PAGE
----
Figure 2. (A) The Rebar microcatheter extends from R ICA to the contralateral left A2 segment. (B) The positioning of the distal tip of the microcatheter in the L A2 is confirmed by selective injection. (C) The stent was deployed from the proximal left A2 segment (black arrows pointing at distal markers) to the proximal R A1 segment (white arrows pointing at the proximal markers). (D) Magnified view of the near-completely deployed device. The expanded portion of the device fully conforms to the neck (white and black arrows). The red arrow points to the distal end of the stent positioned at the proximal left A2 segment.
Figure 3. Embolization of the recanalized portion of the aneurysm with coils. The bottom images are un-subtracted for better visualization of the stent and coils. (A,B,D) The Barrel VRD is positioned from proximal R A segment (white arrow) to the proximal L A2 segment (black arrow). (E,F) The stent was detached (green arrows), once coiling was completed. (C) Final angiogram in working projection demonstrating complete obliteration of the aneurysm.
The postoperative period was uneventful, and the patient was discharged home in stable condition without any neurological deficits. The patient remained on dual antiplatelet therapy for total of 6 months.
An early follow up DSA was obtained 3 months after the Barrel VRD-assisted coiling, showing complete obliteration of the aneurysm. The durability of the treatment was confirmed by subsequent angiograms at 6 and additional 9 months, totaling 15 months of angiographic follow up after the final embolization.
Endovascular treatment of wide-necked intracranial aneurysms (WNA) has always been a challenging task. Historically, all aneurysms with neck diameter exceeding 4 mm were considered difficult for primary coil embolization (1). Further studies have defined the fundus/neck ratio ≤ 2 as the main prognostic factor for technical challenges and potential risk of complications (2). The aspect ratio, defined as the aneurysm height/neck ratio, has also been identified as an independent predictor of treatment type, estimating that 89% of aneurysms with aspect ratios ≤ 1.2 require adjunctive devices for successful coil embolization (3). In our case, the aneurysm met all those criteria.
Y-stenting is one of the first techniques aimed to improve coil embolization success for WNA. Two stents are deployed in parallel (“kissing configuration”) or inside one another (“crossing” configuration) forming a Y shape and thus securing the parent vessels from coil protrusion (4, 5). Another option for treating WNAs is the double balloon remodeling (6). However, there are several disadvantages of these techniques, including placement of multiple microcatheters, distal ischemia during the balloon occlusion, high metal-to-wall ratio and potentially suboptimal neck coverage due to inability to conform the crossed devices to the individual parent vessel anatomy and junctional geometry, ultimately resulting in high thromboembolic risk and unsatisfactory embolization (6–9). Given these serious disadvantages, other alternative technical solutions for endovascular treatment of WNA have emerged in the recent years. The main goal of the novel techniques is to reduce complexity of the procedure, improve obliteration rates, and reduce the amount of metal in the parent vessel. One such option is the Barrel VRD—a laser cut self-expanding nitinol stent. The device has a bulged middle section that protrudes into the aneurysmal neck, providing a single-device neck protection for coil embolization. The stent is mounted on a 0.016-inch nitinol pusher wire and is delivered through a 0.021-inch microcatheter. The Barrel VRD is completely retrievable up to 3 times over its full length and has a double spiral strut that helps navigation in tortuous anatomy. We didn't experience any technical difficulties in delivering the Barrel VRD device.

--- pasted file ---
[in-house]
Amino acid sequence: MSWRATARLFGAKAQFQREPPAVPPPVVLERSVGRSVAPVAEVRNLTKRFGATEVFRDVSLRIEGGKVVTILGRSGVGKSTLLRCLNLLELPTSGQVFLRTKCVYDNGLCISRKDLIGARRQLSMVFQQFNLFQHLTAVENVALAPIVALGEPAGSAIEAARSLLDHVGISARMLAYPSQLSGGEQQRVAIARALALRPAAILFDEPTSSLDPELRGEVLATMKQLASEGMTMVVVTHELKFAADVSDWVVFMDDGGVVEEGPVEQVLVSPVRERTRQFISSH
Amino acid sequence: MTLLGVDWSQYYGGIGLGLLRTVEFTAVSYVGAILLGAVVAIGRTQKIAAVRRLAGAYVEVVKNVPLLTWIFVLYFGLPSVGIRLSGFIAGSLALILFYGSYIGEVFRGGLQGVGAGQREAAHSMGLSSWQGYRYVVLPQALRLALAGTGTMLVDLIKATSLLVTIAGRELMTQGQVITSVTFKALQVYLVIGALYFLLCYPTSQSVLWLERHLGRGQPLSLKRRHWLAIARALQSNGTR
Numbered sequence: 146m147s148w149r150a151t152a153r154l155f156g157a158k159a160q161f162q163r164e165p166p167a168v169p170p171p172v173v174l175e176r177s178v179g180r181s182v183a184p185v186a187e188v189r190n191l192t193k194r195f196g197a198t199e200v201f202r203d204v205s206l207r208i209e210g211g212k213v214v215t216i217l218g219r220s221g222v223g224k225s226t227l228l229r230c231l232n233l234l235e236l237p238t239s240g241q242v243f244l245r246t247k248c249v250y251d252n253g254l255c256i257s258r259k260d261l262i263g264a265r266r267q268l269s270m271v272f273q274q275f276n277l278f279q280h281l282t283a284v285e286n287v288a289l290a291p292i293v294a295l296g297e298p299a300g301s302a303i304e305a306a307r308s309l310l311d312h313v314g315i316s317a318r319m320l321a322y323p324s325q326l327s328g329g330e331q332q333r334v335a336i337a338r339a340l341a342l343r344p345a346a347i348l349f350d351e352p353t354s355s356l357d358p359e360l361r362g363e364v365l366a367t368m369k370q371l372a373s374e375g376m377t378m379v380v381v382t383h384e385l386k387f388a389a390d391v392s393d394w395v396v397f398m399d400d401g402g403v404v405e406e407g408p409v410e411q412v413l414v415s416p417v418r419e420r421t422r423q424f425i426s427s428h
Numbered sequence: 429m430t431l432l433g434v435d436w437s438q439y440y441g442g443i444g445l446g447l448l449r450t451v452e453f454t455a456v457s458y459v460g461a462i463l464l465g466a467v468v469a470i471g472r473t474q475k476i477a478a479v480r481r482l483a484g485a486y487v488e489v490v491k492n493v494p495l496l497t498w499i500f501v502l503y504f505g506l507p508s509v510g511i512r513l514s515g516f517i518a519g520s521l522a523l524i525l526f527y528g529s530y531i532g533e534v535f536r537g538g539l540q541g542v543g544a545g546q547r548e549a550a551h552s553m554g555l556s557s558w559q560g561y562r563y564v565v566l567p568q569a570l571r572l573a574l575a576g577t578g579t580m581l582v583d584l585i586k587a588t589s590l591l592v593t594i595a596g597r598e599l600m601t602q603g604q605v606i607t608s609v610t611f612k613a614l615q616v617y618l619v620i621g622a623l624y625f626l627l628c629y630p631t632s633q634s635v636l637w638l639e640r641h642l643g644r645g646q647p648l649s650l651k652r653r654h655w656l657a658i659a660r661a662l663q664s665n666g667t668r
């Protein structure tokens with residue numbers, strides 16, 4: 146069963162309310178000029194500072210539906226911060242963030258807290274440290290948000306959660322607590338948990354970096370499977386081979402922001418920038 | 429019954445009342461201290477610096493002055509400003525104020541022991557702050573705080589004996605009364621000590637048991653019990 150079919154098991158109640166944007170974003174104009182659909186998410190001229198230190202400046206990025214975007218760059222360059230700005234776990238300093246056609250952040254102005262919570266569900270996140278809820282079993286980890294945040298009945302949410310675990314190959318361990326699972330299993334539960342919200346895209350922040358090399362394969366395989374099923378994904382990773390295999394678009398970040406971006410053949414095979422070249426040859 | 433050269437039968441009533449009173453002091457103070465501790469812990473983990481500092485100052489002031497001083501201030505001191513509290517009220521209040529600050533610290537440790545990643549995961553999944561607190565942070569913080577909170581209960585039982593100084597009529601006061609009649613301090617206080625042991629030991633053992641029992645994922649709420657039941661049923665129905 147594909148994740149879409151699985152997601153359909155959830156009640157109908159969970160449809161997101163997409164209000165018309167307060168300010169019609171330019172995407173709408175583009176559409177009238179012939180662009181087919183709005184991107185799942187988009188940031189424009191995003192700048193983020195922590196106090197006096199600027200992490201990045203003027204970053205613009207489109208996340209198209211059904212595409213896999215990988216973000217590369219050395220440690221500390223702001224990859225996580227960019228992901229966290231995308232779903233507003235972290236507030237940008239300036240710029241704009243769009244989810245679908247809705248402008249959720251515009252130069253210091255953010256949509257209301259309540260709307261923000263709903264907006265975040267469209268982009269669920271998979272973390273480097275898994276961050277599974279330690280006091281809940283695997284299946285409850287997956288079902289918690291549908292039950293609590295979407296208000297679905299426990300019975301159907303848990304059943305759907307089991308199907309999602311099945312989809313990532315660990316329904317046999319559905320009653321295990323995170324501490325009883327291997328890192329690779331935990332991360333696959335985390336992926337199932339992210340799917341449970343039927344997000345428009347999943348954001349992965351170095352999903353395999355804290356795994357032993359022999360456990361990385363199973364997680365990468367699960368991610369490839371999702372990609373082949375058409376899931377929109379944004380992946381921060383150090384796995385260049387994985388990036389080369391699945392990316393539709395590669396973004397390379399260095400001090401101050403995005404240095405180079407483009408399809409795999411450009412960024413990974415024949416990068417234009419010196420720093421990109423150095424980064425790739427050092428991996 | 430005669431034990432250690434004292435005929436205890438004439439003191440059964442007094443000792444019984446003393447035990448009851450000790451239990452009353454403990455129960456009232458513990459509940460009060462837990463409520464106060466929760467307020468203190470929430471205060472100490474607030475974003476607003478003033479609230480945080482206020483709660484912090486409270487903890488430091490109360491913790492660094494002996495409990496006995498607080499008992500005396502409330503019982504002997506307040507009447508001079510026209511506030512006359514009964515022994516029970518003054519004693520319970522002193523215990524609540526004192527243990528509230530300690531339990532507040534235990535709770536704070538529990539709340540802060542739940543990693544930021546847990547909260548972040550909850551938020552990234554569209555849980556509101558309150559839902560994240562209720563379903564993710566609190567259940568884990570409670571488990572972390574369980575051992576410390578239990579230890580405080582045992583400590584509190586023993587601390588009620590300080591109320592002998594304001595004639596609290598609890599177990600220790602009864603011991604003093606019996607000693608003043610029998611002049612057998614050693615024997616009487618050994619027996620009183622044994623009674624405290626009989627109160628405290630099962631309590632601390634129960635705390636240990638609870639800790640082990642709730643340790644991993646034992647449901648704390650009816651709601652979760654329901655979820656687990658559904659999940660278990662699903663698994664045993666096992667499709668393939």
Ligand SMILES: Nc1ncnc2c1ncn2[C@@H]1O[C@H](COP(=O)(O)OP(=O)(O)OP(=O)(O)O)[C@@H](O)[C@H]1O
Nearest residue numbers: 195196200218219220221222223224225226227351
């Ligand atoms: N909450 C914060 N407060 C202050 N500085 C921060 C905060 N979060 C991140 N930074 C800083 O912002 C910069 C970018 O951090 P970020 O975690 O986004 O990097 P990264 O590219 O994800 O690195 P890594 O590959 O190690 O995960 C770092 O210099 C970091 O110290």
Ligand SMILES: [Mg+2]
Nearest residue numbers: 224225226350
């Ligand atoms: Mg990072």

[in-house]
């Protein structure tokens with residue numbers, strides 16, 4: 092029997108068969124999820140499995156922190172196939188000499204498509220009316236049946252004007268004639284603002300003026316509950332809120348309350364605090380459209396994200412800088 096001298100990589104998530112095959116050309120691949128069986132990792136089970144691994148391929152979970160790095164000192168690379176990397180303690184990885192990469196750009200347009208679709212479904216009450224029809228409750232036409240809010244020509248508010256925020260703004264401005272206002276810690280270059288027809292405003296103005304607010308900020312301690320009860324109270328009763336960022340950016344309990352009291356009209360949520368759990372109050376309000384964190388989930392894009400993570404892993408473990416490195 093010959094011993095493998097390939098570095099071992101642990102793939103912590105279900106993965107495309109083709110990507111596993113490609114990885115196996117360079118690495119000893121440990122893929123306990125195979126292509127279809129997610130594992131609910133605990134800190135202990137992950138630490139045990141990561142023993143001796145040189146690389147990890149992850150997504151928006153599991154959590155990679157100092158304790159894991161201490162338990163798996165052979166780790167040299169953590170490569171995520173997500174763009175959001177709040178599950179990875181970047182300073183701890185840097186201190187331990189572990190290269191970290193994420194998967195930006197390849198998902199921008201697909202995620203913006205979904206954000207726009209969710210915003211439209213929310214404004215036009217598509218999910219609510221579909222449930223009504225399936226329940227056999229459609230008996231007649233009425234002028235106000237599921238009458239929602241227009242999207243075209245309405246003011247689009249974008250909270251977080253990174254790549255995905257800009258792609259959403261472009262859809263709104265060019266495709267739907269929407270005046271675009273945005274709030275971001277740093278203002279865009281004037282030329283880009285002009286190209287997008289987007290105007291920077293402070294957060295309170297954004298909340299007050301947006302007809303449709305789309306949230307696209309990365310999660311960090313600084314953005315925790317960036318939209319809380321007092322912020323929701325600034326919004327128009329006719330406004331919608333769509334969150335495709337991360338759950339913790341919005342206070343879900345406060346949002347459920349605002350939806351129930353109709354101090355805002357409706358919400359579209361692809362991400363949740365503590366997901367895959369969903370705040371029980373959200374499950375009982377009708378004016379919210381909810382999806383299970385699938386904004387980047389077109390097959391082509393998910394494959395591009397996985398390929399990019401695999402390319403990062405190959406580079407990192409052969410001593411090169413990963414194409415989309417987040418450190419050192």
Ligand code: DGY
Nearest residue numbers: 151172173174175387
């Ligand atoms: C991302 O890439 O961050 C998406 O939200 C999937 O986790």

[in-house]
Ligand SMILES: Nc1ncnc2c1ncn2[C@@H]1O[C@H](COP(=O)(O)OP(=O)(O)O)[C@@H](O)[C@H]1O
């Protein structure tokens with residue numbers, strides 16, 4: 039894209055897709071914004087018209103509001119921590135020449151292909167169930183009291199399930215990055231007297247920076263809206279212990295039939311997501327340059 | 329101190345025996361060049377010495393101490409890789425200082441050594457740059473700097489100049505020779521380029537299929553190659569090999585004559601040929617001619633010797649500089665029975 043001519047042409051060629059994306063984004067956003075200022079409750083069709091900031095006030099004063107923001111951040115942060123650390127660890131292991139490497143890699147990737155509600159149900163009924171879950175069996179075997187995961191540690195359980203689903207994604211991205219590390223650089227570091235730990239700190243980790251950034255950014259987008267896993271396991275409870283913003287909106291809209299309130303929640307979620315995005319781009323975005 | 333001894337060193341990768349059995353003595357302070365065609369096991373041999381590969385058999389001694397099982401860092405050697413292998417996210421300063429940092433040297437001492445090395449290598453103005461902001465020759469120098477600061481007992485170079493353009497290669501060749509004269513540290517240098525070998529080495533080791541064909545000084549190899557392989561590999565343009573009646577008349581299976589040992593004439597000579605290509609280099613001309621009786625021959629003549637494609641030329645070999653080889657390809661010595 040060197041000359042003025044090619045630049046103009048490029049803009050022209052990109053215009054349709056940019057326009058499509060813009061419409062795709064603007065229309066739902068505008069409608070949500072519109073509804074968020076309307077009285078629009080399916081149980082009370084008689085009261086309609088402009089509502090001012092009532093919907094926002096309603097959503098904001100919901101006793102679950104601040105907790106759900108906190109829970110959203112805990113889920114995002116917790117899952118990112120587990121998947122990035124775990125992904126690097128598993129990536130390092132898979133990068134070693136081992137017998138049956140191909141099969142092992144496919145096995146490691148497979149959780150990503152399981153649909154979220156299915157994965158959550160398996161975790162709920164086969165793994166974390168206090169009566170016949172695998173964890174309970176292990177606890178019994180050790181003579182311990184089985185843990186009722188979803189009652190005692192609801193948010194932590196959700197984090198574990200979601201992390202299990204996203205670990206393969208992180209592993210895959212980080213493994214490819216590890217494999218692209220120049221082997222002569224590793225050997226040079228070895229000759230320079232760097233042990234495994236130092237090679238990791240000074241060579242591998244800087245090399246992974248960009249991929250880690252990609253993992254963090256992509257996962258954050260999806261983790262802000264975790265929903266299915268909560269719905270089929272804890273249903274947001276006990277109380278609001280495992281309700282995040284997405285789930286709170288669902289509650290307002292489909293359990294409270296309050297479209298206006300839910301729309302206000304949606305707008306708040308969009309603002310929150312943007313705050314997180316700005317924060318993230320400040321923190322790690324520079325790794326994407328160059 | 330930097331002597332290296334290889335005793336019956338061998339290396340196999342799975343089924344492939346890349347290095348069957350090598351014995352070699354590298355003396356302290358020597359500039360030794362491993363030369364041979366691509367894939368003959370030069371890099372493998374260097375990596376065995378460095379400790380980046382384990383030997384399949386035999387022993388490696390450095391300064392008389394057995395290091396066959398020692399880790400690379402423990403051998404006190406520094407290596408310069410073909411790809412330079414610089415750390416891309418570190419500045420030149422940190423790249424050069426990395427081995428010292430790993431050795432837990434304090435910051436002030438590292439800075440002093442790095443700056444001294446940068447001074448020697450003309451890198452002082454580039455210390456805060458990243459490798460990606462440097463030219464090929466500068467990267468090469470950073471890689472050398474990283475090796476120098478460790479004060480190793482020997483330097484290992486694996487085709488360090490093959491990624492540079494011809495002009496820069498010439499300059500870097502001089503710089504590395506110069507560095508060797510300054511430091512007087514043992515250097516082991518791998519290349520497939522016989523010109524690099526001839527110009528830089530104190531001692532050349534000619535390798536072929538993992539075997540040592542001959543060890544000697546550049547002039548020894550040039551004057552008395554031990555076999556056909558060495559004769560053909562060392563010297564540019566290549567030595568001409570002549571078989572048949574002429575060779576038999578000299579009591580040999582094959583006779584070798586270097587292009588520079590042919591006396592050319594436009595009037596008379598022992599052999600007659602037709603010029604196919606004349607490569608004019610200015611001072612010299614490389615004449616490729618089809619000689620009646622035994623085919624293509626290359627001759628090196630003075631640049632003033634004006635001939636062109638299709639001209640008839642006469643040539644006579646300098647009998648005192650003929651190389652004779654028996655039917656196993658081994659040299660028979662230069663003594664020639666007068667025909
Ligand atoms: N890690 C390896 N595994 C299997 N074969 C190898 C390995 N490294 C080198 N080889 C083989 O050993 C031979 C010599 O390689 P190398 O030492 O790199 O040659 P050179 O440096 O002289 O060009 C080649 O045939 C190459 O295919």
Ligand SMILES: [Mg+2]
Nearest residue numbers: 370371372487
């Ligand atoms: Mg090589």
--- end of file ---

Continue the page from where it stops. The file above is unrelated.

The safety and efficacy of the Barrel VRD has been demonstrated in prior studies. A 2016 case series of 17 patients with 17 aneurysms by Mühl-Benninghaus et al. showed complete occlusion rate of 64.8% and residual neck of 29.4% (10). In another case series of 19 patients with 19 aneurysms, the adequate occlusion rate after 12 months follow-up was assessed to be 78.9% and the neurological complications to 5% (11). Another recent multi-center study showed even better results (12). The authors presented 21 cases with 21 aneurysms with 90% immediate complete occlusion rate and 95% complete occlusion rate after a median follow up of 282 days follow up.